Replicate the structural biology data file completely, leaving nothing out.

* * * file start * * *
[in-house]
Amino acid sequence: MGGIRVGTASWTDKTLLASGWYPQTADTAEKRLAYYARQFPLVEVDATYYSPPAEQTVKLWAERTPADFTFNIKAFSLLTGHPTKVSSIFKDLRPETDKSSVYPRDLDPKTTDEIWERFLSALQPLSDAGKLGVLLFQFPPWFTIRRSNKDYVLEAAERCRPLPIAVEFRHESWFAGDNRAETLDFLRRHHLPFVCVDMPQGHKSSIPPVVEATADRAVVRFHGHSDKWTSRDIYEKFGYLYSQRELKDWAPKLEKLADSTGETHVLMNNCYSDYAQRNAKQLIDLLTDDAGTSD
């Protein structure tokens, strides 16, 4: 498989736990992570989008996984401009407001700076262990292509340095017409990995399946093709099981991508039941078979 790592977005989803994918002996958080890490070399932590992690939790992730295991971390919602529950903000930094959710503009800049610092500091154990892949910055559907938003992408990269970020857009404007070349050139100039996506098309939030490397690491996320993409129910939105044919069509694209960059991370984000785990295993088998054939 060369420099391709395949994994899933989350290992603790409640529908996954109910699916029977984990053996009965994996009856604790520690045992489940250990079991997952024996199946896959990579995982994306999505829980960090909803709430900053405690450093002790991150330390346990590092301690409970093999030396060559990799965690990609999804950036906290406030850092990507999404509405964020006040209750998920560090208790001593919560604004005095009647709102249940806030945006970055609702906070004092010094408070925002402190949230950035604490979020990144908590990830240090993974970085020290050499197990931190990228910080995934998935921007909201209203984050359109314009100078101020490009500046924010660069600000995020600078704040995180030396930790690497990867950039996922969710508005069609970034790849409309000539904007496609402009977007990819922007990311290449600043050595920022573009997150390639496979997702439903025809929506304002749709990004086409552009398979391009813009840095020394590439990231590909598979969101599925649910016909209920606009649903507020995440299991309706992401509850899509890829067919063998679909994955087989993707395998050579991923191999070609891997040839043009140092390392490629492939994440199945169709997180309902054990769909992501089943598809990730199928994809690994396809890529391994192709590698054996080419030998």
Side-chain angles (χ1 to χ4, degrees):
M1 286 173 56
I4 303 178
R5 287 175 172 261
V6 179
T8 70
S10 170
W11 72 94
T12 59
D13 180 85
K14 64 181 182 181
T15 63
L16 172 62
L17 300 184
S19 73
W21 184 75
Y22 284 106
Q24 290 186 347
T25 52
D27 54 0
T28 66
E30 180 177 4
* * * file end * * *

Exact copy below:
[in-house]
Amino acid sequence: MGGIRVGTASWTDKTLLASGWYPQTADTAEKRLAYYARQFPLVEVDATYYSPPAEQTVKLWAERTPADFTFNIKAFSLLTGHPTKVSSIFKDLRPETDKSSVYPRDLDPKTTDEIWERFLSALQPLSDAGKLGVLLFQFPPWFTIRRSNKDYVLEAAERCRPLPIAVEFRHESWFAGDNRAETLDFLRRHHLPFVCVDMPQGHKSSIPPVVEATADRAVVRFHGHSDKWTSRDIYEKFGYLYSQRELKDWAPKLEKLADSTGETHVLMNNCYSDYAQRNAKQLIDLLTDDAGTSD
């Protein structure tokens, strides 16, 4: 498989736990992570989008996984401009407001700076262990292509340095017409990995399946093709099981991508039941078979 790592977005989803994918002996958080890490070399932590992690939790992730295991971390919602529950903000930094959710503009800049610092500091154990892949910055559907938003992408990269970020857009404007070349050139100039996506098309939030490397690491996320993409129910939105044919069509694209960059991370984000785990295993088998054939 060369420099391709395949994994899933989350290992603790409640529908996954109910699916029977984990053996009965994996009856604790520690045992489940250990079991997952024996199946896959990579995982994306999505829980960090909803709430900053405690450093002790991150330390346990590092301690409970093999030396060559990799965690990609999804950036906290406030850092990507999404509405964020006040209750998920560090208790001593919560604004005095009647709102249940806030945006970055609702906070004092010094408070925002402190949230950035604490979020990144908590990830240090993974970085020290050499197990931190990228910080995934998935921007909201209203984050359109314009100078101020490009500046924010660069600000995020600078704040995180030396930790690497990867950039996922969710508005069609970034790849409309000539904007496609402009977007990819922007990311290449600043050595920022573009997150390639496979997702439903025809929506304002749709990004086409552009398979391009813009840095020394590439990231590909598979969101599925649910016909209920606009649903507020995440299991309706992401509850899509890829067919063998679909994955087989993707395998050579991923191999070609891997040839043009140092390392490629492939994440199945169709997180309902054990769909992501089943598809990730199928994809690994396809890529391994192709590698054996080419030998």
Side-chain angles (χ1 to χ4, degrees):
M1 286 173 56
I4 303 178
R5 287 175 172 261
V6 179
T8 70
S10 170
W11 72 94
T12 59
D13 180 85
K14 64 181 182 181
T15 63
L16 172 62
L17 300 184
S19 73
W21 184 75
Y22 284 106
Q24 290 186 347
T25 52
D27 54 0
T28 66
E30 180 177 4